Monday, December 21, 2015


We are trying out another one of Troy's crazy wacky silly unconventional ideas. Windows are one of the prime causes of heat loss in your house.

They're also often the number one culprit in making your house uncomfortable. Ever been in a room that was the right temperature, but just felt chilly? Were you sitting by a window? The cold just radiates off the glass.

We have a mix of new efficient windows and old less-efficient windows. (I think we've removed all of the old terrible windows.) But it's true about all of them. They make you feel cold.

But you can't just get rid of all your windows. You might be warm, but who wants to live like that?

Many people hang heavy drapes and we made insulating blinds for the big windows in the living room and dining room. They make a big difference in the heat loss, but they work as a window as well as the wall does.

Troy's new suggestion was that we add a layer of bubble wrap to the window. Yup, bubble wrap. Sounds silly, but you'll find a lot of proponents with a quick Google search. (It's not like it was Troy's original idea.)

The wrap with large bubbles will work best. You stick it on the window by misting the window with water and then applying a sheet of bubble wrap cut to size with the bubble side toward the window.
You still get a lot of light through the window and once you get used to the idea of not seeing exactly what is outside, it's actually pretty. (It reminds me of frost patterns.)

And of course, you don't have to do all of your windows. If there are some you especially want to see out of, don't do those. But if there's a chilly corner where you like to read at night (for instance), do those windows.
I'd say we're not quite done half of the windows, but it seems to be pretty good so far.

I am enjoying being able to have the blinds up and letting more light into the living room. Previously, I would pull them up for light but then would lower them soon after because I didn't enjoy the chill on the back of my neck!
We had a little trouble with the bubble wrap falling down when we first put them up but it seems to be better now. For one thing, I added a little glycerin to the water as some suggested. (We happen to have it in the house. You can get it at a store with soap making supplies. Others suggested a little dish soap would work as well.) I also think misting the window with a wide, fine spray works better than spraying it like a jet.

When you want to remove the bubble wrap, it comes off easily and doesn't leave any residue behind on the window. (Ok, yes, you will likely have to wash the windows--but there's nothing sticky or difficult to remove. And don't you like to wash your windows in the spring anyway?)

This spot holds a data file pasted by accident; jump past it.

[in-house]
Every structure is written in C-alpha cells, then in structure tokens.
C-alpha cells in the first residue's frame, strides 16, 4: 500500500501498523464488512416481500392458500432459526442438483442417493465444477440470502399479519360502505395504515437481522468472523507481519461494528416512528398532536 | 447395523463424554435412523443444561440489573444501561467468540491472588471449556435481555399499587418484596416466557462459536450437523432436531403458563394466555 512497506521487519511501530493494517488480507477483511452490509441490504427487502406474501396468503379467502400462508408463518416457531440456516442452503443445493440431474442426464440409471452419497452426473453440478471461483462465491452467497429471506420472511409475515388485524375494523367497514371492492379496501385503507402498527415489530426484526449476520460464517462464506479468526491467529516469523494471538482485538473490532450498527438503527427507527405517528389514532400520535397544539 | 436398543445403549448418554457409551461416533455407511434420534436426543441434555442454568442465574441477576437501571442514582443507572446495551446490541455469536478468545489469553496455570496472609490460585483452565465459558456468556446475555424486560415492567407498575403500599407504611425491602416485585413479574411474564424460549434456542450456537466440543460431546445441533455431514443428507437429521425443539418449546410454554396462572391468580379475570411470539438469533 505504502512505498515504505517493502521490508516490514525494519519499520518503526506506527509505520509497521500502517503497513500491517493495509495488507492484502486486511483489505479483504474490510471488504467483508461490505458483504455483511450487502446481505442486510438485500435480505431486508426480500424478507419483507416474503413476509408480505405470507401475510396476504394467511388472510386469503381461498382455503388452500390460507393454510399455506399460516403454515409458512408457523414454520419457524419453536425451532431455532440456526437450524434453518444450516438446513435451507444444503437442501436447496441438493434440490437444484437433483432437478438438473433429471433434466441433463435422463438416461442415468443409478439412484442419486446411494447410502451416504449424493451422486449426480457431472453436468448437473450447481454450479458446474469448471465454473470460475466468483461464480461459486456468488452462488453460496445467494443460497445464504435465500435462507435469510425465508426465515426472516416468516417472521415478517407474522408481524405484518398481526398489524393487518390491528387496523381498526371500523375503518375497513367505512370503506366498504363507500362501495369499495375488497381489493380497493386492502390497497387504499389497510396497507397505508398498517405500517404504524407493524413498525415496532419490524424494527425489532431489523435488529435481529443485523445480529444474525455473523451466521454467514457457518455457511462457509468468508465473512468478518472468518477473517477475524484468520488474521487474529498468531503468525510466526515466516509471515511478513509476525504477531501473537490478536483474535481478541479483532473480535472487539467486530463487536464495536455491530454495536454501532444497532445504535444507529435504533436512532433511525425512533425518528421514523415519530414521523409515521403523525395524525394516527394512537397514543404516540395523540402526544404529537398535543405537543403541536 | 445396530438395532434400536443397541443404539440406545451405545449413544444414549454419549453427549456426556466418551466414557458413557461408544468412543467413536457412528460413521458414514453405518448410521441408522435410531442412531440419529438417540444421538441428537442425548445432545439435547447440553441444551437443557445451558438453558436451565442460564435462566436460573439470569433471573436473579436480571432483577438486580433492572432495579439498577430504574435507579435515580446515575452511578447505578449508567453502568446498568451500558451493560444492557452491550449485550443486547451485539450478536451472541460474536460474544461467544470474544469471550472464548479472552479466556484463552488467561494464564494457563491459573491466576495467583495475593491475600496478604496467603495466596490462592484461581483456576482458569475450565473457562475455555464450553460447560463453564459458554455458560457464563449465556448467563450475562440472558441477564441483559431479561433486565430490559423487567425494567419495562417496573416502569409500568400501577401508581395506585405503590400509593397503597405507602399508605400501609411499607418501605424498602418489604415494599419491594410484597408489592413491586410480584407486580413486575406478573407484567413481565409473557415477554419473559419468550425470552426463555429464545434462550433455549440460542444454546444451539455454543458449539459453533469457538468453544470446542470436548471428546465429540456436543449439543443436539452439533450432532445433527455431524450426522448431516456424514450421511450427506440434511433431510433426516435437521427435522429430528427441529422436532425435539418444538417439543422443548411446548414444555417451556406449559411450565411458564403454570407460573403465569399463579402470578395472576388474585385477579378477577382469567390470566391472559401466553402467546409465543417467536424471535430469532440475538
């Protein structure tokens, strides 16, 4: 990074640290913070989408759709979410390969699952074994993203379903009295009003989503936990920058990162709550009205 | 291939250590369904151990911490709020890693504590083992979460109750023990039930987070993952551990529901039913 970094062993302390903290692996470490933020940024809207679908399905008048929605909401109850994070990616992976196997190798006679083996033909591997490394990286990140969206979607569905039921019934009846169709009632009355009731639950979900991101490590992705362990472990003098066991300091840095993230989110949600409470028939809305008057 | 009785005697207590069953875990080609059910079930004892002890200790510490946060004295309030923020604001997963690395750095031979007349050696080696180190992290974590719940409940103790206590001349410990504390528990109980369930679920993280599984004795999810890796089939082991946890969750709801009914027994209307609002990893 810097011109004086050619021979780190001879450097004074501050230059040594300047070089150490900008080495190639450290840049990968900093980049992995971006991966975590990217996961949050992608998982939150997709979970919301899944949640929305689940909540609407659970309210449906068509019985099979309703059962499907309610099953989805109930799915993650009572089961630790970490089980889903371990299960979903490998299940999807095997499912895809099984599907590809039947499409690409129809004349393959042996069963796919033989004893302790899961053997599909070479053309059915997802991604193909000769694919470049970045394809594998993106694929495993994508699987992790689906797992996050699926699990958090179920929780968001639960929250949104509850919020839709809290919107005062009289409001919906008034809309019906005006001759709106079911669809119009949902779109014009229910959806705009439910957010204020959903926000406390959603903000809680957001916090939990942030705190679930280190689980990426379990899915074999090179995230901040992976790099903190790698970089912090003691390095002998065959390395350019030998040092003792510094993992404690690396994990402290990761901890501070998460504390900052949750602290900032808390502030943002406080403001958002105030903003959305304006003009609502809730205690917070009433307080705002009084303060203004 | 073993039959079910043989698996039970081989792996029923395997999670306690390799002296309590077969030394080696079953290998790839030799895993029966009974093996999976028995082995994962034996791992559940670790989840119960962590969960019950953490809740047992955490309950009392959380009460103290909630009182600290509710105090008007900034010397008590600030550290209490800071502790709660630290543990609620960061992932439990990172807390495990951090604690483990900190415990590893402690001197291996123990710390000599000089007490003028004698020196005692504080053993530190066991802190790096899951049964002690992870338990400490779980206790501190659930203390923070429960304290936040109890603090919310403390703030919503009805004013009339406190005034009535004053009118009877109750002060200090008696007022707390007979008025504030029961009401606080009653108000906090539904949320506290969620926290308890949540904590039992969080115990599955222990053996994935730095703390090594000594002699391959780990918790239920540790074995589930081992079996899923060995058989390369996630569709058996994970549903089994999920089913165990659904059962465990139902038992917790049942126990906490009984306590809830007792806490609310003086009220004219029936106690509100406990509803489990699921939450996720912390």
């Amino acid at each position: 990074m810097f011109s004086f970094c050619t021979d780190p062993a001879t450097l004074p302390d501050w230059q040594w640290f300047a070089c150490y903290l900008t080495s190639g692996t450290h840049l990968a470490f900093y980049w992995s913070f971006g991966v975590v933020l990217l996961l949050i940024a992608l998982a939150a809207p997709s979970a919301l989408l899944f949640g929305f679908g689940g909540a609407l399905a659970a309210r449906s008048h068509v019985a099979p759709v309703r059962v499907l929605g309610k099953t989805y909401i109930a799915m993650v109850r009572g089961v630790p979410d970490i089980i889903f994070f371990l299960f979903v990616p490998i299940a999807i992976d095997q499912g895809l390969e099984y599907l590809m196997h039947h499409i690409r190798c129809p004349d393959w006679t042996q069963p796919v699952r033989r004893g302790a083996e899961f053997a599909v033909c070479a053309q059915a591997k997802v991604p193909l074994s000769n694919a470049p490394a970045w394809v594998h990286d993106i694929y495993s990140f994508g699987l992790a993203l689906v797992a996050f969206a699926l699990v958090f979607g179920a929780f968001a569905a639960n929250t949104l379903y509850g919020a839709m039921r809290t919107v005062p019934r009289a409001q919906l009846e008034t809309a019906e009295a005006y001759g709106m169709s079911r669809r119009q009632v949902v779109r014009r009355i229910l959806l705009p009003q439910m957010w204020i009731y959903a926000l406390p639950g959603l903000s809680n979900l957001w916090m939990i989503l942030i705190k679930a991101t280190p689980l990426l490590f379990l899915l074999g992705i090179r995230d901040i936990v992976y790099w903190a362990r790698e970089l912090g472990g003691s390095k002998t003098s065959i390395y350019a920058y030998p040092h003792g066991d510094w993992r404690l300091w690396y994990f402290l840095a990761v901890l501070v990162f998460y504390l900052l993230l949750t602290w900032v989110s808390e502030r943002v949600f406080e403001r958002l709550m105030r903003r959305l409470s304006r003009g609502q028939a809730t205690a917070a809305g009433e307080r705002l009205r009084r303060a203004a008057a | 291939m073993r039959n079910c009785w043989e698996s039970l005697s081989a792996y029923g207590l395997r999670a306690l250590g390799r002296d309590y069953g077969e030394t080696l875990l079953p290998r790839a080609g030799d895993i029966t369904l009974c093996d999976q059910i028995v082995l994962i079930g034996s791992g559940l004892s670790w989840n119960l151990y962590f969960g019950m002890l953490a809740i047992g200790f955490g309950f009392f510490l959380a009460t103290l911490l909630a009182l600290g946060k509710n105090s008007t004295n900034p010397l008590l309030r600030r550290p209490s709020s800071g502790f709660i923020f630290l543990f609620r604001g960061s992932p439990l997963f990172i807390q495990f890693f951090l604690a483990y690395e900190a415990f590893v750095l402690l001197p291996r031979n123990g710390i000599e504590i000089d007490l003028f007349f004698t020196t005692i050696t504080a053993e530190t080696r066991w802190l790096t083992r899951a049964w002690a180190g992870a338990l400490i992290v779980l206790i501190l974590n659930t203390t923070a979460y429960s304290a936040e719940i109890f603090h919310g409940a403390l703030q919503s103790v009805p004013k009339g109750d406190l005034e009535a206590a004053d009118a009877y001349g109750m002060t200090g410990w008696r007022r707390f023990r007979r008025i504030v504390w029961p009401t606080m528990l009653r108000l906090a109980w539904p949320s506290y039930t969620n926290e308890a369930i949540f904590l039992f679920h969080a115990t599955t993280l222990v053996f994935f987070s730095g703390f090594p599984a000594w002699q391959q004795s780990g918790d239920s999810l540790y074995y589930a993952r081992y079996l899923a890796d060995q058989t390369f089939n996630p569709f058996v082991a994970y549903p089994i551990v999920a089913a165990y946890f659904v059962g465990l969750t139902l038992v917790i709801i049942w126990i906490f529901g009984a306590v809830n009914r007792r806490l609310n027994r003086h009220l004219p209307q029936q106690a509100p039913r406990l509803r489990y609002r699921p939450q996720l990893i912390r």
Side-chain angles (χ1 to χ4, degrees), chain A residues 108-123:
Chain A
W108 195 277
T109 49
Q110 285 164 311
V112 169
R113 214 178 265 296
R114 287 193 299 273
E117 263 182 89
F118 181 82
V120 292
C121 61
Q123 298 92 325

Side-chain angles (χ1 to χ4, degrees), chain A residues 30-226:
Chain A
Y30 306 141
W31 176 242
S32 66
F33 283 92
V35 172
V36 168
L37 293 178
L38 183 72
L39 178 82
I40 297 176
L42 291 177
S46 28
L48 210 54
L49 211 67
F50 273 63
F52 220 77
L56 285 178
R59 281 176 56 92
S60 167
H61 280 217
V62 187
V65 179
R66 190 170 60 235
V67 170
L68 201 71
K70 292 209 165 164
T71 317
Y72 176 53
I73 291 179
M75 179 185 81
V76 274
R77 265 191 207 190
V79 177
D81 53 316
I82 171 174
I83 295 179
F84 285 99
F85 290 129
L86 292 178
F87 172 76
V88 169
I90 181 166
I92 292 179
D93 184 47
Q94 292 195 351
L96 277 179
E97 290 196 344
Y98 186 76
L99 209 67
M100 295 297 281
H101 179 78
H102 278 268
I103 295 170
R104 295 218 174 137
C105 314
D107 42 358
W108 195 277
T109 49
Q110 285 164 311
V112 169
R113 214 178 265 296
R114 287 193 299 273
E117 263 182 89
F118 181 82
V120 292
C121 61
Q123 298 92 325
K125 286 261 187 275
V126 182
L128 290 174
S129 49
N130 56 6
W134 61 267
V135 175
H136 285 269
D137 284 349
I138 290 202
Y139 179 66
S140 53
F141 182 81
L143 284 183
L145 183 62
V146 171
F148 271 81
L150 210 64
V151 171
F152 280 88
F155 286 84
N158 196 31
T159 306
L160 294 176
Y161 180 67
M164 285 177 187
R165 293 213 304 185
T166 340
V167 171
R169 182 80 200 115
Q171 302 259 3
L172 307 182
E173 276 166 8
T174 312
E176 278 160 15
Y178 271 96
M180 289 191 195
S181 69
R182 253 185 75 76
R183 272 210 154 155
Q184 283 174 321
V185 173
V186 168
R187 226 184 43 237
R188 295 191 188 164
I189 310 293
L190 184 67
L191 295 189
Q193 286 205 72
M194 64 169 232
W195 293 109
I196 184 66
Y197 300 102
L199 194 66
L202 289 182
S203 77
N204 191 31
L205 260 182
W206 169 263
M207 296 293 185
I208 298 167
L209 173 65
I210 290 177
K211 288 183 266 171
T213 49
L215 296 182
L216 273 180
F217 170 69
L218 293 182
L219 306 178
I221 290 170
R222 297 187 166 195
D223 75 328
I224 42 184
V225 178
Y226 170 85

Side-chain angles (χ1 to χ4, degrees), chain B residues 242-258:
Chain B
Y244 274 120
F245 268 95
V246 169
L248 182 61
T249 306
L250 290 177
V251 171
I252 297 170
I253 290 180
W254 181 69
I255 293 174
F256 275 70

My next problem will be where to store this bulky stuff when it's not on the windows!! (And don't forget to label them before you take them down or you'll never figure out where they go!)

All part of the adventure of trying to build a house that you can heat with a cat.

Saturday, December 19, 2015

Raise the Roof

The master bedroom
Or at least, the ceiling.

Since I last posted about the drywall, Troy and I have been working on it in fits and spurts. After the insulation was done, we patched the holes and then started the taping and mudding.

Troy has also started to tackle the ceiling. He debated different solutions for a ceiling that was in bad shape and decided to apply foam insulation and drywall to the existing lathe and plaster. The room is tall enough that it can afford to lose and inch or two and it seemed the best option.

Of course before putting up the drywall, he had to locate and install all of the lighting fixtures. I had some of them marked and the switch boxes in for all of them, but he installed the fixtures and ran the final wiring.
Starting in the bathroom and closet area.
PS: He fixed the drywall lift so it no longer
is a risk that it may collapse on him and kill him.
He also had to put a final fix on the chimney. This chimney:
The first winter we were here, Troy put in the woodstove and this chimney to go with it. For a little while after it was installed, we could lay in bed and look through the ceiling and through the roof to admire the stars! Of course Troy fixed the roof very quickly, but there has been a gap in the ceiling around the pipe ever since. That was a lot of hot air escaping to the attic and dust coming down in to the bedroom.

But no more:
What a nice seal! Ok, I don't really care about the seal as long as it keeps the dust (and all that insulation we blew into the attic) in the attic!

Here are few more general shots of the rooms:
Looking southeast through the doorway.
Looking southeast again, this time in the doorway.
Looking northwest (toward the doorway).
Looking southwest.

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